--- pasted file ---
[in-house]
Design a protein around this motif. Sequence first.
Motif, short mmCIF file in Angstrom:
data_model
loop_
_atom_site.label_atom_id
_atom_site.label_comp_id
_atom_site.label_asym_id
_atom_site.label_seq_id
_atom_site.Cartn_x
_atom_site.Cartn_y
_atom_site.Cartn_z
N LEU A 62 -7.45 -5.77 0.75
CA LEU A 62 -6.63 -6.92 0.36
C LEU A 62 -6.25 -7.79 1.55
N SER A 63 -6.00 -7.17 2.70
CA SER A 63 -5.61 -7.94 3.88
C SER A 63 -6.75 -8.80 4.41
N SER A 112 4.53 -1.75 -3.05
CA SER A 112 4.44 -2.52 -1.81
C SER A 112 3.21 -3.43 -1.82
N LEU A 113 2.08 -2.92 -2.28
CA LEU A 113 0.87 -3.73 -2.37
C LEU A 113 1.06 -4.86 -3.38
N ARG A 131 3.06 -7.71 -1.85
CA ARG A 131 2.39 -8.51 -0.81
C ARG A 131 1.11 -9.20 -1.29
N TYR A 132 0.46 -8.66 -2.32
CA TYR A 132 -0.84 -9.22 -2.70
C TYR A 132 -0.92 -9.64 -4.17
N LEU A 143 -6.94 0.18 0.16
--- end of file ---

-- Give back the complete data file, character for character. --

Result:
[in-house]
Design a protein around this motif. Sequence first.
Motif, short mmCIF file in Angstrom:
data_model
loop_
_atom_site.label_atom_id
_atom_site.label_comp_id
_atom_site.label_asym_id
_atom_site.label_seq_id
_atom_site.Cartn_x
_atom_site.Cartn_y
_atom_site.Cartn_z
N LEU A 62 -7.45 -5.77 0.75
CA LEU A 62 -6.63 -6.92 0.36
C LEU A 62 -6.25 -7.79 1.55
N SER A 63 -6.00 -7.17 2.70
CA SER A 63 -5.61 -7.94 3.88
C SER A 63 -6.75 -8.80 4.41
N SER A 112 4.53 -1.75 -3.05
CA SER A 112 4.44 -2.52 -1.81
C SER A 112 3.21 -3.43 -1.82
N LEU A 113 2.08 -2.92 -2.28
CA LEU A 113 0.87 -3.73 -2.37
C LEU A 113 1.06 -4.86 -3.38
N ARG A 131 3.06 -7.71 -1.85
CA ARG A 131 2.39 -8.51 -0.81
C ARG A 131 1.11 -9.20 -1.29
N TYR A 132 0.46 -8.66 -2.32
CA TYR A 132 -0.84 -9.22 -2.70
C TYR A 132 -0.92 -9.64 -4.17
N LEU A 143 -6.94 0.18 0.16